Acrylic on canvas with neon tubing 87 5/8 x 80 3/4 x 4 in
Collection Museum of Contemporary Art San Diego, Gift of the artist and partial Museum purchase with International and Contemporary Collectors Funds and proceeds from the Museum of Contemporary Art San Diego Art Auction 2010 © 1965 Doug Wheeler. Photograph by Philipp Scholz Rittermann
Beginning in the early 1960s, Helen Pashgian worked with resin to create discs, spheres, and flat works that convey a mysterious sense of depth. This untitled sphere reveals the exquisite palette and subtle play with light that Pashgian was able to achieve through experimentation—trial and error with a new and previously untested material.
Cast polyester resin Diameter: 8 in
Courtesy of the artist © 1968–1969 Helen Pashgian. Photograph by Philipp Scholz Rittermann
Blue Block in Three Parts (1966)
John McCracken is best known for geometric sculptures including cubes, pyramids, and "planks" (tall slender objects that lean against the wall), which are finished with polyester resin, fiberglass, and/or lacquer. A work such as Blue Block in Three Parts appears from some angles as a bold, solid form, while from other points of view its polished surface reflects its surroundings, making it seem less of a solid object. On this topic McCracken said, "I have always considered that my work primarily uses form to speak with. At the same time you have to make form out of something and so I use color. And, since I want sensuousness, and touchability—mentally speaking—in my work, I also use the polished surface. The polished surfaces (I don't know if I knew this when I first used them) give a seeming transparency and illusoriness, a not-thereness, to the work."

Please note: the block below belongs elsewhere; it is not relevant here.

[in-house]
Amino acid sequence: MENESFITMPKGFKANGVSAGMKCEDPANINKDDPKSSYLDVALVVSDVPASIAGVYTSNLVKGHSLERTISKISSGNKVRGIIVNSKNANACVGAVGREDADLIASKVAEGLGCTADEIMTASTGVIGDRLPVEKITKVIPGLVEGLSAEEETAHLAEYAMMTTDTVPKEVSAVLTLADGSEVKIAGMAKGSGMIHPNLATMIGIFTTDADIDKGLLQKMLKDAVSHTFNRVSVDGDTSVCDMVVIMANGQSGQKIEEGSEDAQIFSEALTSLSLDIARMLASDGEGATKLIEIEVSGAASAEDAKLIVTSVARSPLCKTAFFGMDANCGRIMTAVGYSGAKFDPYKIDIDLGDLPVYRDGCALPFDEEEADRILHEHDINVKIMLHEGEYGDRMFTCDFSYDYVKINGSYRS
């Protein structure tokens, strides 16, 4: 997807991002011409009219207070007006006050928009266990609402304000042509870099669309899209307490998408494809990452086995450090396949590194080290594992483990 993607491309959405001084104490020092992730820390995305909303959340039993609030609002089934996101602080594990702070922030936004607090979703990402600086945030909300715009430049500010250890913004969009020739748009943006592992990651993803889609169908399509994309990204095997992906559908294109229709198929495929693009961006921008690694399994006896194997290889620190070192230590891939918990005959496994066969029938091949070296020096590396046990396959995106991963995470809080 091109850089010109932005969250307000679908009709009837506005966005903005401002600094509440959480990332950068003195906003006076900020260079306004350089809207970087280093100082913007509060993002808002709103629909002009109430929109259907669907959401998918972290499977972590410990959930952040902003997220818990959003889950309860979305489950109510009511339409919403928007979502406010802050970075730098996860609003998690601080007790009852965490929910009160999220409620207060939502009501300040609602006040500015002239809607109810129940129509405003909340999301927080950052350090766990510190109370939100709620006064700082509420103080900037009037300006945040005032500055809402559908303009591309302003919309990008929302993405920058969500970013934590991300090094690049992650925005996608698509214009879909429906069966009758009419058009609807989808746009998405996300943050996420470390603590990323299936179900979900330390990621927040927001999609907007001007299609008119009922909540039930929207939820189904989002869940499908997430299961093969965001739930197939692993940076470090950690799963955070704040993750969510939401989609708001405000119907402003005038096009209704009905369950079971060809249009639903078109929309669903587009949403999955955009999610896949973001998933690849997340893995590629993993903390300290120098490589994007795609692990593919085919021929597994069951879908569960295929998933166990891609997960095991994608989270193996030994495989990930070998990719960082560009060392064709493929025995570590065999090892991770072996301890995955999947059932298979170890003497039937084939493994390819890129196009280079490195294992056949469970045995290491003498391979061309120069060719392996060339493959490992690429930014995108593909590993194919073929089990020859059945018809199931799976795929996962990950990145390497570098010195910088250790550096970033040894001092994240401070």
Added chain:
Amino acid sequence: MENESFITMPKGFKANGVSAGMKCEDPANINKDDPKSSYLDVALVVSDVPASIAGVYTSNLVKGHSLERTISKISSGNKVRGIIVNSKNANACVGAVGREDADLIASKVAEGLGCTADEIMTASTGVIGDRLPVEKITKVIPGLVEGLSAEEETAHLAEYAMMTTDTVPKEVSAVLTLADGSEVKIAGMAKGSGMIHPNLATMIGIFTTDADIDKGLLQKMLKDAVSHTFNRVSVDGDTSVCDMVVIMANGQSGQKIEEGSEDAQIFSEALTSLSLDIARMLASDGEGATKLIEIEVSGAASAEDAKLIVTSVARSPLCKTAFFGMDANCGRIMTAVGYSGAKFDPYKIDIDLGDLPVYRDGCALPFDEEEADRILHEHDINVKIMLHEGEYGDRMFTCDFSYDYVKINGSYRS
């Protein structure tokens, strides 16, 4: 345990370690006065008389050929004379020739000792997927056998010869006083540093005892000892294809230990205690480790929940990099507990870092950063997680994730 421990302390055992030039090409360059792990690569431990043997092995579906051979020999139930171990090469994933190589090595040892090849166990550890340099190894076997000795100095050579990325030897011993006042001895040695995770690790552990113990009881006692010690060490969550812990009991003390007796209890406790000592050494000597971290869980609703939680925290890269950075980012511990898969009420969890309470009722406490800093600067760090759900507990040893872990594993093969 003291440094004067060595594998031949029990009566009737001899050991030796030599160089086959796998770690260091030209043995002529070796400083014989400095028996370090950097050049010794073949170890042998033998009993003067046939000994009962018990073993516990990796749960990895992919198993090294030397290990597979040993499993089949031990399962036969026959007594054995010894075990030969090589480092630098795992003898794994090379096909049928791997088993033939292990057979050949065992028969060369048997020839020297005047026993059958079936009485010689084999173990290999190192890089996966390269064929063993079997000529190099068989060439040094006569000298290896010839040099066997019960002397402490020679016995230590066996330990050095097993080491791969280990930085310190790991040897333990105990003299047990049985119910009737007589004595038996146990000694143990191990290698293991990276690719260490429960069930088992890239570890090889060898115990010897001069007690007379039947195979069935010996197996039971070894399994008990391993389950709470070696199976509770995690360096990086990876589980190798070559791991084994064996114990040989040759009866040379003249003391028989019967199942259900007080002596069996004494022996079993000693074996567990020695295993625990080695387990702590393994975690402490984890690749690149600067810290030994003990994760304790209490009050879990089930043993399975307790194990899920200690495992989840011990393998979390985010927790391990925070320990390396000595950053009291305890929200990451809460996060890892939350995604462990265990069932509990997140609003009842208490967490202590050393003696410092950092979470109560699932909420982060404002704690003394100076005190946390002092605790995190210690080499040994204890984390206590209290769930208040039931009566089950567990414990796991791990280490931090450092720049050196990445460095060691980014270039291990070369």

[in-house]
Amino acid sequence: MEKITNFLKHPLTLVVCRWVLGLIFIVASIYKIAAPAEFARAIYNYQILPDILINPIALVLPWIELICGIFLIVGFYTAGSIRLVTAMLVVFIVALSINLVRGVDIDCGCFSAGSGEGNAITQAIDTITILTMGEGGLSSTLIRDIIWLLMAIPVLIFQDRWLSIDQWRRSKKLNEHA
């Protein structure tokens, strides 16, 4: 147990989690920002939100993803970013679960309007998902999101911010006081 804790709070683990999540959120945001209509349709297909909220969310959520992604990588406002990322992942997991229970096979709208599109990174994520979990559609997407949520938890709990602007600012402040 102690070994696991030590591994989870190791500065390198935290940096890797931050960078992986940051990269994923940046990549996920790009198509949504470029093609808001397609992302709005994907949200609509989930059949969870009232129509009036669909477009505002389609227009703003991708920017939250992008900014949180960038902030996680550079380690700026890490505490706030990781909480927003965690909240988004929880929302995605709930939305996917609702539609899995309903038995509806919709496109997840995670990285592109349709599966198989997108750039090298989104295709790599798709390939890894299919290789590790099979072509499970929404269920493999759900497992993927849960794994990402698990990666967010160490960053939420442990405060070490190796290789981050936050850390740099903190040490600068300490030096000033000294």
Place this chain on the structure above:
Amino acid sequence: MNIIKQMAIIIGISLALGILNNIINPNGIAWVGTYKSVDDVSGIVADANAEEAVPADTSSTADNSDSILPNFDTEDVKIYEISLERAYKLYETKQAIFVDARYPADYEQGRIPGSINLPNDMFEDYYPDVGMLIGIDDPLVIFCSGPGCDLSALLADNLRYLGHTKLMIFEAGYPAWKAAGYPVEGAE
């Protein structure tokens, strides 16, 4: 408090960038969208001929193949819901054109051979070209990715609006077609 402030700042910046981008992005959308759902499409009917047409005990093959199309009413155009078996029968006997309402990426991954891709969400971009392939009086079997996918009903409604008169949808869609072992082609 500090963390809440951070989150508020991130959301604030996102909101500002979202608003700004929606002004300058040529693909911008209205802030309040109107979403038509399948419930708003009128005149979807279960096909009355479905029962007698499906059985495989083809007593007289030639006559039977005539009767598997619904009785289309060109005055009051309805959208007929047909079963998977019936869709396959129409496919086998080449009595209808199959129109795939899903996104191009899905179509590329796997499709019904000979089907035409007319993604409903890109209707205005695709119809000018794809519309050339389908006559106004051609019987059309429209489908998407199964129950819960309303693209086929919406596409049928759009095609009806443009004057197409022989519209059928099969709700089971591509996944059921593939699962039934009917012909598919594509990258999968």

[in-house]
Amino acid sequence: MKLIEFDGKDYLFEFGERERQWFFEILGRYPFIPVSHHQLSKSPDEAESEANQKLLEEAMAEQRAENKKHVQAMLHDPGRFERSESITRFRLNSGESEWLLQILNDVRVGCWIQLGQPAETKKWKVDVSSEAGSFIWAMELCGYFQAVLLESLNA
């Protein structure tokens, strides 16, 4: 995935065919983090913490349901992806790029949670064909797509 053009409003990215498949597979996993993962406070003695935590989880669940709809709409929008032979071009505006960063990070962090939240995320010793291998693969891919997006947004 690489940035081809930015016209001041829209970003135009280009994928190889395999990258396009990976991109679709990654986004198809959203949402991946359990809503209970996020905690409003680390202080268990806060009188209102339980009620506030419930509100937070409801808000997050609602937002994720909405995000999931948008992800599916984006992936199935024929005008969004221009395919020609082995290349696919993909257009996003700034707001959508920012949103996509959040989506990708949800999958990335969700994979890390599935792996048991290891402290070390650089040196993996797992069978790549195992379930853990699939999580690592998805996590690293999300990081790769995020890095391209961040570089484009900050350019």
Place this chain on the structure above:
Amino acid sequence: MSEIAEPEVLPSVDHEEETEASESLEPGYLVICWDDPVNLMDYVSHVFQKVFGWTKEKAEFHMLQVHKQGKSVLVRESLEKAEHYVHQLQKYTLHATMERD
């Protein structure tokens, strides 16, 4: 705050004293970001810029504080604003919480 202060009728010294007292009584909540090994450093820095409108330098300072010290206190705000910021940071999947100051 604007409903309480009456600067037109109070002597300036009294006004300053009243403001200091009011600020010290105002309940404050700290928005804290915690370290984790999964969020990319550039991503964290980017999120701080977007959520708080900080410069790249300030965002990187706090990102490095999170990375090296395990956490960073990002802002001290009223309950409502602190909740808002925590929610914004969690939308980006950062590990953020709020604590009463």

Lacquer, polyester resin, fiberglass, plywood 33 x 40 x 33 in
Collection Museum of Contemporary Art San Diego. Museum purchase with funds from Ansley I. Graham Trust, Los Angeles ©1966 John McCracken. Courtesy of David Zwirner, New York. Photograph by Philipp Scholz Rittermann
#54 July/August 2nd Level Density (1968)
Ron Cooper describes this resin and fiberglass piece as a “light entrapment,” because it is designed to bounce light between its front and back surfaces. The work is built up from many thin layers of clear and pigmented resin. The overall color of this work is pale gold modulated with soft pink and green highlights. The surface has a granular shimmer, like salt or sand capturing light.
Polyester resin, fiberglass, and pigment 86 ¼ x 86 ¼ x 3 5/8 in
Collection Museum of Contemporary Art San Diego, Gift of Mr. and Mrs. Stanley Grinstein © 2010 Ron Cooper/Artists Rights Society (ARS), New York. Photograph by Philipp Scholz Rittermann
Untitled (Space + Electric Light) (1968)
Untitled (Space + Electric Light) is an elegant yet slightly menacing work exploring the psychological effects of industrial light. Suspended from the ceiling by imperceptible minofilaments, the work appears to float as it literally hums with energy provided by the Tesla coils that power the light-emitting neon tubes encased in nesting Plexiglas boxes.
Plexiglas, neon, high frequency energy 45 x 45 x 4 1/2 in
Collection Museum of Contemporary Art San Diego, Museum purchase with funds from the Annenberg Foundation. Courtesy of the artist and Ace Gallery © 1968 Mary Corse, Photograph courtesy of the artist and Ace Gallery
Museum of Contemporary Art San Diego
Phenomenal: California Light, Space, SurfacePresented in MCASD's two locations, Phenomenal focuses on perceptual investigations by artists that began in Los Angeles and Southern California in the 1960s, fomenting many of the most vanguard practices engaging young artists today. Peter Alexander, Larry Bell, Ron Cooper, Mary Corse, Robert Irwin, Craig Kauffman, Bruce Nauman, Eric Orr, Helen Pashgian, James Turrell, De Wain Valentine, and Douglas Wheeler are among a cadre of artists who pioneered distinctive approaches that focus on visual perception rather than discreet objects. The exhibition will include paintings, drawings, and resin and acrylic sculptures as well as site-responsive installations in which the predominant medium is light.
San Diego, CA 92101